© Geoffrey Heard 2014
Some years ago I asked at my local supermarket in Melbourne, Australia, whether they had the ordinary double-edged safety razor blade in stock.
"Oh no, nobody wants them so we don't carry them. They probably don't even make them now. Why don't you check in aisle whatever and pick up some of those handy disposable plastic razors?" was the reply.
Nobody wants them? Who told you that? I want them -- and I am sure a lot of others do too.
I did not want handy disposable razors, I wanted the double edged blades that made Mr Gillette an enormous fortune and which are so useful, not only for scraping your face but also for lancing boils, scraping old rego stickers off car windows, trimming random loose threads, etc., etc.
But I could not find them in Melbourne. My barber suggested checking the hairdressers and smaller supermarkets in Springvale Road (a multi-ethnic hub -- don't miss the cheap Asian restaurants when you go there!). I dutifully did, but was referred on again. I gave up -- how many shops do you want to traipse through in search of a razor blade?
I suppose having succumbed to disposable razor blades instead of a lifelong attachment to an old cut-throat blade, we must accept some of the blame for having the next step foisted on us -- the disposable razor, and then having that turned into a pseudo tech item that gets more complex, bigger, and more expensive almost by the day.
So it was with a happy cry that returning to paradise in Rabaul, I spotted the good old double edged razor blade and a safety razor to use it with, in the first store I went into -- and then found they were ubiquitous.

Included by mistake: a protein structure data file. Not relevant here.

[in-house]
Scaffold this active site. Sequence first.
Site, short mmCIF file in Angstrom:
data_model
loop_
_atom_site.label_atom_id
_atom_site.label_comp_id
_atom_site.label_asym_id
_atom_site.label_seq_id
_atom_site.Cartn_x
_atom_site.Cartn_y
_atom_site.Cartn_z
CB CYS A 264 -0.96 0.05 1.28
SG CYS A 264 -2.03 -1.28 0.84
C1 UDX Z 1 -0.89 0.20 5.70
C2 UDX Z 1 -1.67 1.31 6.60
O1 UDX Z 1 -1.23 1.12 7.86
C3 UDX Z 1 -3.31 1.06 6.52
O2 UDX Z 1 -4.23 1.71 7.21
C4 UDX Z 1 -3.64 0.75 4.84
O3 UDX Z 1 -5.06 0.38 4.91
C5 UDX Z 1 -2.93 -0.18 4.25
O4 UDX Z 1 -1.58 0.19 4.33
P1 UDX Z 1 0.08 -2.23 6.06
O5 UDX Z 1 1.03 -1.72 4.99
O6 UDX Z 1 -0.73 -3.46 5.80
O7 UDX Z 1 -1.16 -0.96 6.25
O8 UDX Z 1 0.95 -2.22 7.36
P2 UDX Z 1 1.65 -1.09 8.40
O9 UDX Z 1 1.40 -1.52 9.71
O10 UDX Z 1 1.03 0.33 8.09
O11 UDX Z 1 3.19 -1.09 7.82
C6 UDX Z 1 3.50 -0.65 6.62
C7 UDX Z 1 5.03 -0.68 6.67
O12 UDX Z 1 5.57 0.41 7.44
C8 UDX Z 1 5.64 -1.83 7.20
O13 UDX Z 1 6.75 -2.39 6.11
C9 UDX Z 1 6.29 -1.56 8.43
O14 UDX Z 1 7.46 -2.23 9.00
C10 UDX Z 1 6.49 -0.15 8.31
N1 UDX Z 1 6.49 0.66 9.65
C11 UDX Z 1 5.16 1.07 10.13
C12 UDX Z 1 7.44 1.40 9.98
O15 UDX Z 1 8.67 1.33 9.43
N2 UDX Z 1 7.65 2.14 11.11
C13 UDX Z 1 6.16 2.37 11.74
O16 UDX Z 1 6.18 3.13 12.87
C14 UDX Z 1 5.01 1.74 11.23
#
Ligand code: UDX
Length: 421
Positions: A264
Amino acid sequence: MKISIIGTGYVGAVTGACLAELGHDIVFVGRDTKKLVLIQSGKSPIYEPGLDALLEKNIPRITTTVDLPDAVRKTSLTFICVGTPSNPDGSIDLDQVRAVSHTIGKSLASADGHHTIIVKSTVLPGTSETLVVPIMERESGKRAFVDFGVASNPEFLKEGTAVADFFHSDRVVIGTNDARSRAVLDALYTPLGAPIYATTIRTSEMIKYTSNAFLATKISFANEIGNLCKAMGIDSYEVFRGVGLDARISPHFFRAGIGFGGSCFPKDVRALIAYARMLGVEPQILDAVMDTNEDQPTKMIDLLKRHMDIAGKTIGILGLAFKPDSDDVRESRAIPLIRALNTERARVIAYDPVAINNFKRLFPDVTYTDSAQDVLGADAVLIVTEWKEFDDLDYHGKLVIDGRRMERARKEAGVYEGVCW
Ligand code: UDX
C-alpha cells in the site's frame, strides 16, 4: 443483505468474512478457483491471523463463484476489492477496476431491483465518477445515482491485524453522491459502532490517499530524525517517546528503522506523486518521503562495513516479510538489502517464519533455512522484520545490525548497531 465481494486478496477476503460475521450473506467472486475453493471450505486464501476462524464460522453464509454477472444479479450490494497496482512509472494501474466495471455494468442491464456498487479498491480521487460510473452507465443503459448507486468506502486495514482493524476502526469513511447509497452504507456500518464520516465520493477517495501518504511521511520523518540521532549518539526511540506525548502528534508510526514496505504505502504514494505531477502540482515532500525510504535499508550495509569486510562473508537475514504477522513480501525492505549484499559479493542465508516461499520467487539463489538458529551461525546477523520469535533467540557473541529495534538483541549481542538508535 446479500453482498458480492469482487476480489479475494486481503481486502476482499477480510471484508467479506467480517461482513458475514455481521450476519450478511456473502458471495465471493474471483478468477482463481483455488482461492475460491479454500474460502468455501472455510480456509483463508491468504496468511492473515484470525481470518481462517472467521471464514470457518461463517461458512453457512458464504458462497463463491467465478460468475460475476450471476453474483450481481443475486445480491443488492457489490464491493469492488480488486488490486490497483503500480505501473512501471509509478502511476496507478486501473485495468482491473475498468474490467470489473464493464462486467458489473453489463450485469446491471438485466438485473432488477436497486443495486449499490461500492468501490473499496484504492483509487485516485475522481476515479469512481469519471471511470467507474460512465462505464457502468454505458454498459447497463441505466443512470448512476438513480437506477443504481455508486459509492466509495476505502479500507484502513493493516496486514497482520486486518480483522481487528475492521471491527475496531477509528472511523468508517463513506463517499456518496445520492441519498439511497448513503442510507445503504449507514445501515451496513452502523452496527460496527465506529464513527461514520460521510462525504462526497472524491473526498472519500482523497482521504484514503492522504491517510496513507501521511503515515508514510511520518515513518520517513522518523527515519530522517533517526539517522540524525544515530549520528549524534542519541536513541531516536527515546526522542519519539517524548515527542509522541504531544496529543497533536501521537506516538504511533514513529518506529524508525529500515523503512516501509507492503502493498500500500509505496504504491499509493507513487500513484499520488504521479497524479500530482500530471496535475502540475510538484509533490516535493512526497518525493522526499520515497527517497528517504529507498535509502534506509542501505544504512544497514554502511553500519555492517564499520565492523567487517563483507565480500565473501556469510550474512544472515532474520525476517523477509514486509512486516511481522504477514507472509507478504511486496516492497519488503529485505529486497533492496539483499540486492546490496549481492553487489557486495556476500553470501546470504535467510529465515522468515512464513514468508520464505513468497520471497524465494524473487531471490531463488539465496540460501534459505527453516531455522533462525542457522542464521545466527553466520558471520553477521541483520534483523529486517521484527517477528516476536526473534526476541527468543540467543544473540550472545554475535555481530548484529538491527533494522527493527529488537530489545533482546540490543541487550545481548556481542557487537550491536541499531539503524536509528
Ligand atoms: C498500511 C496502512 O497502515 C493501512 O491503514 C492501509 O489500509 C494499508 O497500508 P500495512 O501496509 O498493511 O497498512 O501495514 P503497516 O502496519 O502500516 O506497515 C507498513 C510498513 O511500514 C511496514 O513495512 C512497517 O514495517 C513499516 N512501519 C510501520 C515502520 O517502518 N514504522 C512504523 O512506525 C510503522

At a cost of pennies.
And with familiar brand names and distributed by Proctor & Gamble, Australia! Gillette Blue Blades (they were actually the later stainless steel ones), and BIC. There were some unfamiliar brand names too. :)
I bought razor and blades immediately and have used them with a sense of self-satisfied vindication ever since.
It is so good to drag the simple blade over the cracks and crannies of the aged face -- or at least that part of it that I allow to be not bearded.
And to see people using these blades for some of their other purposes, such as lancing boils and picking away warts, and even applying them in ways I consider rather beyond the boundaries of common sense, such as cleaning their teeth (I kid you not).
They are in production and people still want them.
"People" that is -- not "consumers".
Oh, and don't let me get started on the magic of the razor comb for trimming the beard. Costs about 90 cents Australian, and comes complete with two of the magic blades.
Incidents like this really tell you something about how totally manipulated the "market" is in a developed country like Australia.
Leave no stone unturned in the search for ever greater corporate profit. ###